Welcome to Australia

Mario Aguilar


The culture of Australia is essentially a Western culture influenced by the unique geography of the Australian continent, the diverse input of Aboriginal, Torres Strait Islander and other Oceanian people, the British colonisation of Australia that began in 1788, and the various waves of multi-ethnic migration that followed.[1] Evidence of a significant Anglo-Celtic heritage includes the predominance of the English language, the existence of a democratic system of government drawing upon the British traditions of Westminster Government, Parliamentarianism and constitutional monarchy, American constitutionalist and federalist traditions, Christianity as the dominant religion, and the popularity of sports originating in (or influenced by) the British Isles. Australian culture has diverged significantly since British settlement.

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Festival and Holidays

Traditionally, work, public or private, were entitled to take off a public holiday with regular pay. In recent years this tradition has changed somewhat. For example, businesses that are normally open on a public holiday may request employees to work on the day, and refusal can only be denied by the employer on reasonable business grounds.

The entitlement to penalty rates was eliminated entirely in many workplaces under WorkChoices; however since the implementation of the Fair Work Act 2009 and the modern awards in 2010, most public holiday penalty rates have increased dramatically. Currently, employees are generally paid at a penalty rate—usually 2.5 times (known as "double time and a half") the base rate of pay.

Besides designating days as public holidays, some of these days are also designated as restricted trading days.

Public holidays are determined by a combination of:

  • Statutes, with specific gazetting of public holidays; and
  • Industrial awards and agreements.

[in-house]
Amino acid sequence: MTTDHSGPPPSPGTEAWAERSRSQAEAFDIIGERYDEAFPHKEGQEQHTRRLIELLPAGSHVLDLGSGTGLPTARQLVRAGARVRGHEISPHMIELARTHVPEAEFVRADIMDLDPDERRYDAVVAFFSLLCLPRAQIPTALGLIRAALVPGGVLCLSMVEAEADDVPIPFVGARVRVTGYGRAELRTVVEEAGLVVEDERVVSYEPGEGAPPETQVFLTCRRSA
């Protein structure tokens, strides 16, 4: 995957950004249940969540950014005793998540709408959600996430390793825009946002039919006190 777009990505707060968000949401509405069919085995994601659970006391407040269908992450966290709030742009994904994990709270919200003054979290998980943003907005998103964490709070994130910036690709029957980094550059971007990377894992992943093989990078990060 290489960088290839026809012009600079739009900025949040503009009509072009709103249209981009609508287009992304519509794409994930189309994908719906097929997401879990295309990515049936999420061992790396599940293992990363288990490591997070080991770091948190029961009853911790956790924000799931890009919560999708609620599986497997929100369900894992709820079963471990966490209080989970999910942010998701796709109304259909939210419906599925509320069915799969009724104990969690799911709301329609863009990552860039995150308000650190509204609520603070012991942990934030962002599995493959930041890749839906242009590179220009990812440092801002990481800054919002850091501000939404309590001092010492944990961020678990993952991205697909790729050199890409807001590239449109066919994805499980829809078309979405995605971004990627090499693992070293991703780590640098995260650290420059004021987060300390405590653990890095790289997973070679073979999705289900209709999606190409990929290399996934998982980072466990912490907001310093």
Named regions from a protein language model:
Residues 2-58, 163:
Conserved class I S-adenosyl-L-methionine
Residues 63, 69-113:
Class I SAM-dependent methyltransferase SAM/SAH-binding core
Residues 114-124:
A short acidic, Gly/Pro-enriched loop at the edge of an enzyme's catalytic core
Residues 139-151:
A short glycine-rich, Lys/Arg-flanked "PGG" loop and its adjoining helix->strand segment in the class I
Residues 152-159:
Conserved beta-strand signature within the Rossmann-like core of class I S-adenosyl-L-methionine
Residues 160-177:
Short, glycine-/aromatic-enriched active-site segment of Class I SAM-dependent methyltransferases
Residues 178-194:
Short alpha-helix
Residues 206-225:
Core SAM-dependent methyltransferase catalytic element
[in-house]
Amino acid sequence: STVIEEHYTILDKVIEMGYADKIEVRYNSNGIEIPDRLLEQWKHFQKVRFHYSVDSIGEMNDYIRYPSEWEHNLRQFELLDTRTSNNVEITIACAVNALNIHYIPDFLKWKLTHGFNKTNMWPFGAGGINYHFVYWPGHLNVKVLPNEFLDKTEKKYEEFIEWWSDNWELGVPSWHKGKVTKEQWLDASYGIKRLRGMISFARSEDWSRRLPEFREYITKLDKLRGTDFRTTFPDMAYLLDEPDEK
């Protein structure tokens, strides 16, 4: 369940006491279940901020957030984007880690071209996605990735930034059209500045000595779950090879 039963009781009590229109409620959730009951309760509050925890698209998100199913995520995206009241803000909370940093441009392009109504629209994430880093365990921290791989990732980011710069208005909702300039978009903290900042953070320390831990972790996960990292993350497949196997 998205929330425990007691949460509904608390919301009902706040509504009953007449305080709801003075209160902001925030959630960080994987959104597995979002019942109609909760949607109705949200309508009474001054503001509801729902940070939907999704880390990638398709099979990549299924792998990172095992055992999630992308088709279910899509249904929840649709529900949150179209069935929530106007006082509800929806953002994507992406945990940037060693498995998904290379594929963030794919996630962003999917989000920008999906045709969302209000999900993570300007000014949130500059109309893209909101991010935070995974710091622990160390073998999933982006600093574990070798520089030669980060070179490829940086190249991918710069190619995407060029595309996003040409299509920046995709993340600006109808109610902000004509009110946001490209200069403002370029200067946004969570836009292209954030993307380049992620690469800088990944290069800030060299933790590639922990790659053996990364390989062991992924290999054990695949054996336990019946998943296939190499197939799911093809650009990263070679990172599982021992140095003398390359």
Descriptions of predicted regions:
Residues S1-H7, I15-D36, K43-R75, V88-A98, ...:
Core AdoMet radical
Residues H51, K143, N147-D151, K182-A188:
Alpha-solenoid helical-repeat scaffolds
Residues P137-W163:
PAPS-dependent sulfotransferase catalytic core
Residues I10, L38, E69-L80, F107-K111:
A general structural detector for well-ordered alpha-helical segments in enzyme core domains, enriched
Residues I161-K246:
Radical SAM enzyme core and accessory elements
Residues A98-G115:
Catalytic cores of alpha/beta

If a standard public holiday falls on a weekend, a substitute public holiday will sometimes be observed on the first non-weekend day (usually Monday) after the weekend, whether by virtue of the public holiday legislation or by ad hocproclamation. If a worker is required to work on a public holiday or substituted public holiday, they will usually be entitled to be paid at a holiday penalty rate.

All states have their own public holidays in addition to national public holidays, and in some states public holidays are provided on a local basis, such as Melbourne Cup Day.

Alcohol licences in many states prevent sale of alcohol on certain public holidays, such as Good Friday.


Sydney Festival (January)

National Multicultural Festival, Canberra (February)

th International Arts Festival (February–March)

Adelaide Festival of Arts (March)

Ten Days on the Island, Tasmania (March)

Brisbane Festival (September)

Melbourne International Arts Festival (October)

Darwin Festival (August)


has no official language, but is largely monolingual with Englishbeing the de facto national language. Australian English has a distinctive accent and vocabulary. According to the 2011 census, 76.8% of people spoke only English at home. Other languages spoken at home included Mandarin 1.6%, Italian 1.4%, Arabic 1.3%, Cantonese 1.2% and Greek 1.2%.[1]
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Azac biscuits

Thing to do


Byron Bay

The Great Ocean Road

Daintree Forest

The Grampians National Park

The Great Reef Barrier

Ayers Rock

Fraser Island

Kakdu National Park

Wine Glass Bay

Important Cities







Native Groups